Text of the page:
It’s a feeling we’ve all experienced. You’re out of town and you encounter a new-to-you beer that makes you say “wow.” Whatever delight it gives you is then immediately drowned out by the realization that it isn’t for sale at your local store, and you may never drink it again unless you ship some home.
For me, this sensation was brought about by a recent trip to my old stomping grounds, Chicago. A few weeks ago, I was visiting friends and we met up at the tap room at Half Acre, which has has steadily risen to prominence in the Midwest’s microbrew scene over the past decade. After sampling their new and limited production Plane Wave IPA and Pennon wild ale I was determined to get both back to Brooklyn with me. The only question was how do you ship beer?
The easiest method would have been to ship the beers back in checked luggage. Sadly, I only packed a small carry-on bag for my weekend trip, and this was not an option. While putting alcohol in your checked bags can make you feel like you’re one step away from ducking Elliot Ness and his posse of G-men, it’s totally legal and probably the best way to travel with libations. The TSA even has a page dedicated to traveling with booze on their website. Their guidelines are straightforward: If you know you’re going somewhere that you’ll want to bring beer back from, the best approach is to pack an empty duffel bag and bubble wrap. Then, on the flight back, carefully wrap the drinks in bubble wrap and place it in the duffel before checking it at the airport.
Unfortunately, I lacked the foresight to pack an extra duffel and thus had to look into shipping options. That’s when things got a little murkier—and extralegal!
No matter what you're doing and what service you use to ship, remember: Bubble wrap is your best friend. Tightly wrap each individual bottle and six-pack before you get to your shipping store. As a guideline, you will want approximately two inches of bubble wrap encasing the beer. You’ll also need a sturdy, corrugated, shipping box and a garbage bag.
Do not use one of those lightweight cardboard box people use to move. Corrugated is much more durable and by far the better choice. Also, in the remote but possible case of a bottle breaking, you should make sure that you place a towel or old T-shirt or two in the bottom of the box.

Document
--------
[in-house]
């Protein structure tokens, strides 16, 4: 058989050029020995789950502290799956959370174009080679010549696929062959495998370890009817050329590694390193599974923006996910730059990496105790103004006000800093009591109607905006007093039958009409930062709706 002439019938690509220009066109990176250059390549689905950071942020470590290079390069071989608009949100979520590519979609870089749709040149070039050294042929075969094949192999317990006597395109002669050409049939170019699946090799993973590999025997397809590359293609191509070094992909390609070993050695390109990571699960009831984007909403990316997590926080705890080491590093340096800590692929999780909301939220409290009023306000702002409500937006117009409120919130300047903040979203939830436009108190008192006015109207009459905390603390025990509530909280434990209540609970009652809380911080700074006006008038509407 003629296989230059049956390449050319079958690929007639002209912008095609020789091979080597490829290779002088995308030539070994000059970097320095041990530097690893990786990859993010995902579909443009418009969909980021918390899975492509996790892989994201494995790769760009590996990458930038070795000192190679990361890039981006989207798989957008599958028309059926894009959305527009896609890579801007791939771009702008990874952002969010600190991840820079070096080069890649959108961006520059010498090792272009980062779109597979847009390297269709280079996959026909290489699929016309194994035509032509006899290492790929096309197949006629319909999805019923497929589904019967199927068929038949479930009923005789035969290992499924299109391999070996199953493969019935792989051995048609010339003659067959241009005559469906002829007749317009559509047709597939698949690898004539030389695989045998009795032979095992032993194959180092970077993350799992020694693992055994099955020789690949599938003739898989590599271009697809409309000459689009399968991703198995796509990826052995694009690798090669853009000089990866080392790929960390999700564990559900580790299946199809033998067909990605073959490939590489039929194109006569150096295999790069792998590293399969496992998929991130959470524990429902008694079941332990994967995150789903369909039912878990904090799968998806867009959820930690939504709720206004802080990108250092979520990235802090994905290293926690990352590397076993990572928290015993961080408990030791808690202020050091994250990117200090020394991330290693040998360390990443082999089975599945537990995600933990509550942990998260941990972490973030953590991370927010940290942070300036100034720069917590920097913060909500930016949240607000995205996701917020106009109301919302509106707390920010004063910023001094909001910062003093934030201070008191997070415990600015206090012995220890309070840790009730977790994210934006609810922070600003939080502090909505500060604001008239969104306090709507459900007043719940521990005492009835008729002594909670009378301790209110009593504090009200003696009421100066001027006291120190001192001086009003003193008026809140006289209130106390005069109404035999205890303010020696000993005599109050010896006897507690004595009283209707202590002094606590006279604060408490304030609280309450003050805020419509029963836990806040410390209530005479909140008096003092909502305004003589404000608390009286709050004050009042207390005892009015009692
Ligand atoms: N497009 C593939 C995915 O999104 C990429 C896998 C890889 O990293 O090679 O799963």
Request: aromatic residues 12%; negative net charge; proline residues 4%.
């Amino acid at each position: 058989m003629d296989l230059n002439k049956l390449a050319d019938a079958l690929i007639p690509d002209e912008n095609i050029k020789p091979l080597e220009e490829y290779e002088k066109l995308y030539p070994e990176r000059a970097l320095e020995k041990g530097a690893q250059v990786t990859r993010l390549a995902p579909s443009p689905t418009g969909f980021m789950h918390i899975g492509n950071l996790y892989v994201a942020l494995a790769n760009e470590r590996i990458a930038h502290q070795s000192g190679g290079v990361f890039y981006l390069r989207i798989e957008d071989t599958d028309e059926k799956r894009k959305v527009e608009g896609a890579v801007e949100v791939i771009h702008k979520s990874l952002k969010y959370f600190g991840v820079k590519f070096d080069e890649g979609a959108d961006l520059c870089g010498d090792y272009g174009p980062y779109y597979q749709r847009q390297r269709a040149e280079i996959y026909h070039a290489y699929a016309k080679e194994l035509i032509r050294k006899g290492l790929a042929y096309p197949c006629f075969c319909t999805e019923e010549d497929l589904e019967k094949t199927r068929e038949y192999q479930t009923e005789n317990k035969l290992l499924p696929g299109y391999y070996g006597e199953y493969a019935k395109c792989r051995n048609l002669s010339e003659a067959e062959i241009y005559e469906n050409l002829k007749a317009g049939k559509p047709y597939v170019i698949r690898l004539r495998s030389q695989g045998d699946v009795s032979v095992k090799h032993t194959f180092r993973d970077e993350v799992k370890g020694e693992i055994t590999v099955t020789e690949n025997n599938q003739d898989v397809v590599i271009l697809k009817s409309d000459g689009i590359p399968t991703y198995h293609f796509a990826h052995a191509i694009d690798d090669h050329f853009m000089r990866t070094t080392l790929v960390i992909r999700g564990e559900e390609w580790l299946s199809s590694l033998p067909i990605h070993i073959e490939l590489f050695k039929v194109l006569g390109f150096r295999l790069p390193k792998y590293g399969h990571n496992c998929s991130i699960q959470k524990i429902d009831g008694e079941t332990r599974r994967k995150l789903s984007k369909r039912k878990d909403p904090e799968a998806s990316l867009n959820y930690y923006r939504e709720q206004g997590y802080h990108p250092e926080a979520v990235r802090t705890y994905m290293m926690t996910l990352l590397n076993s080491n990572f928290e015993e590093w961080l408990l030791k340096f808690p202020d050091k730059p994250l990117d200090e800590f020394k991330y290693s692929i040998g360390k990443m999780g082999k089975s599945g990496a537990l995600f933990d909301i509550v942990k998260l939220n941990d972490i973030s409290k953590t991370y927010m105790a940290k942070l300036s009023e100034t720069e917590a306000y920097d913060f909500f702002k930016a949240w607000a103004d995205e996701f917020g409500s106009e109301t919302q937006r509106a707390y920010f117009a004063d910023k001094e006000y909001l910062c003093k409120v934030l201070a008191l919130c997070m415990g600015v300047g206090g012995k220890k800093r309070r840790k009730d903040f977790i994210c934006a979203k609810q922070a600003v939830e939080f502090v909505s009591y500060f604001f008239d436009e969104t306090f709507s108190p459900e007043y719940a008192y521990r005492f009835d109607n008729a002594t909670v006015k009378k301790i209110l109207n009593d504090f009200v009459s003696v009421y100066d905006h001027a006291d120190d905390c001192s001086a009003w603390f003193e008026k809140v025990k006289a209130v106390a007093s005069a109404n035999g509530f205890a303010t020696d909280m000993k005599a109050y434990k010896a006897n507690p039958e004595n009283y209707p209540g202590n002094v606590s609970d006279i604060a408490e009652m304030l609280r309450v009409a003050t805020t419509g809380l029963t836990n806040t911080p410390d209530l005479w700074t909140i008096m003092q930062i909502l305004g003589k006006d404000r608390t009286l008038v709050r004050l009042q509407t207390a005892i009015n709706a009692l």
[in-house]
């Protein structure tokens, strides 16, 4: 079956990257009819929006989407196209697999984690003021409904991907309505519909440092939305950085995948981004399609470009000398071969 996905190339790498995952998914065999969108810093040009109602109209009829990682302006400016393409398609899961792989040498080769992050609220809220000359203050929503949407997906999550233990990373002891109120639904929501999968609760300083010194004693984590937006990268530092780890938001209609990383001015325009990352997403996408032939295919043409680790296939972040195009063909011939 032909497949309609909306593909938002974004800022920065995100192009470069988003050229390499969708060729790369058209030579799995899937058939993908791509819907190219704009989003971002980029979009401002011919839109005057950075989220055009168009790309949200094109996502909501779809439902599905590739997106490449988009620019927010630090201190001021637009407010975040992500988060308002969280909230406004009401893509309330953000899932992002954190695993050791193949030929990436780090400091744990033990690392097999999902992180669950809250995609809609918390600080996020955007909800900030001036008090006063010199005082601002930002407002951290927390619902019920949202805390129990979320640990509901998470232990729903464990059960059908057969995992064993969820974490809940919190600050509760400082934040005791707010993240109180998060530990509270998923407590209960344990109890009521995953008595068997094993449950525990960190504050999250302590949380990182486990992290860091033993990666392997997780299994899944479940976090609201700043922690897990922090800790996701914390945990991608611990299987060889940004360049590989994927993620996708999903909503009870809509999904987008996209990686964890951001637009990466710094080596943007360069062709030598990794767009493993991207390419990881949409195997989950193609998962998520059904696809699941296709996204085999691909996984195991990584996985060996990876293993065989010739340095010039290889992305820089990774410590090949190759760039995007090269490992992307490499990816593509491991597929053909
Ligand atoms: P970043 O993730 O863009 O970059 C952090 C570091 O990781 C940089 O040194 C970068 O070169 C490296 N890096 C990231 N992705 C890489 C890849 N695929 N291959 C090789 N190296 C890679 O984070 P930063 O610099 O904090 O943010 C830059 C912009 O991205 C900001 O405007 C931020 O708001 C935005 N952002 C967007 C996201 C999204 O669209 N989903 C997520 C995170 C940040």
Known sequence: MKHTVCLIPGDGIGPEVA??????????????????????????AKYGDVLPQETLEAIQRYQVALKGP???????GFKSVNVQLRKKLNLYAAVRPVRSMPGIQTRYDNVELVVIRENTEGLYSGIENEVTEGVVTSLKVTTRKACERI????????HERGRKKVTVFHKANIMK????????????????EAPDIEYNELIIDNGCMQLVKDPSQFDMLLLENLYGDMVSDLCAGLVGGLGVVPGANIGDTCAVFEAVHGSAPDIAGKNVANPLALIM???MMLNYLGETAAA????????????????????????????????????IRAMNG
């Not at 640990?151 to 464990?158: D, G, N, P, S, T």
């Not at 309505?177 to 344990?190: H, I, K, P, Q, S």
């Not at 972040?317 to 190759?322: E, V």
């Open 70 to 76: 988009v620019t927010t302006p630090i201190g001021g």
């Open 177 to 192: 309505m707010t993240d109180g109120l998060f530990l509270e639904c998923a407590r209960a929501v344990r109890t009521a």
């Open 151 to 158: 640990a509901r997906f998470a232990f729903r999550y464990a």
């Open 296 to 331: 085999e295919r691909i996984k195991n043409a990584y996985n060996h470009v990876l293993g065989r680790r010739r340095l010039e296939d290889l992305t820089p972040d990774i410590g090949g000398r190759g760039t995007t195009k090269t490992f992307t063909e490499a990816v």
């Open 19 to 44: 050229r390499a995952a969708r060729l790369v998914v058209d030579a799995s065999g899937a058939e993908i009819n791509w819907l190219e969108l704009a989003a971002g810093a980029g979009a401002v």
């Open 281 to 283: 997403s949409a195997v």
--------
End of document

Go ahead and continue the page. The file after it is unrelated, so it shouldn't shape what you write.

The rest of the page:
Take your sturdy, corrugated cardboard box and use a garbage bag to line the inside. Tightly pack the bubble-wrapped beers and cans into the box. If there’s empty space or gaps, be sure fill with packing peanuts or old newspapers or cloths. You may even want to add an additional layer of bubble wrap to the top of the box’s contents for an additional layer of protection.
With your tightly bubble-wrapped hooch packed in the box, head to FedEx or UPS and ask for some packing peanuts. Note: It’s illegal to ship alcohol via the US Postal Service. Pack the box to the brim with the peanuts. Don’t skimp. Go nuts, and fill it all the way to the top. Next, choose ground as your shipping method. Ground is the safest way to ship beer or anything else that is carbonated or under pressure because cargo holds in planes aren’t necessarily depressurized and the altitude can cause bottle caps to pop off.
Lastly, if a shipping clerk asks what you are shipping, don’t say beer. It’s a silly but necessary point to address. FedEx and UPS are not really concerned about what you are shipping, but if someone does ask what is being shipped, say that it’s anything but beer. Yeast samples, antique milk bottles, anything really. That being said, it is important to know that there are consequences if you are caught and that shipping alcohol is at your own risk. Typically, you’ll get a written warning on an initial violation. Subsequent violations could lead to fines and or, gulp, jail time, so be mindful and be smart.
Of course, the kicker to this tutorial is that when I was in Chicago and shipping these beers I unknowingly told the clerk that I was shipping beer. With a wink and a nod the clerk explained that beer wasn’t allowed to be shipped by the company. He then proceeded to add extra bubble wrap and packing peanuts, ring me up, and ship the package. Your mileage may vary, but it struck me that this was not a concern of the shipping company. In any case, pack everything securely with ample bubble wrap and a garbage bag before you get to the shipping locale. And if anyone asks, explain that you are shipping yeast samples.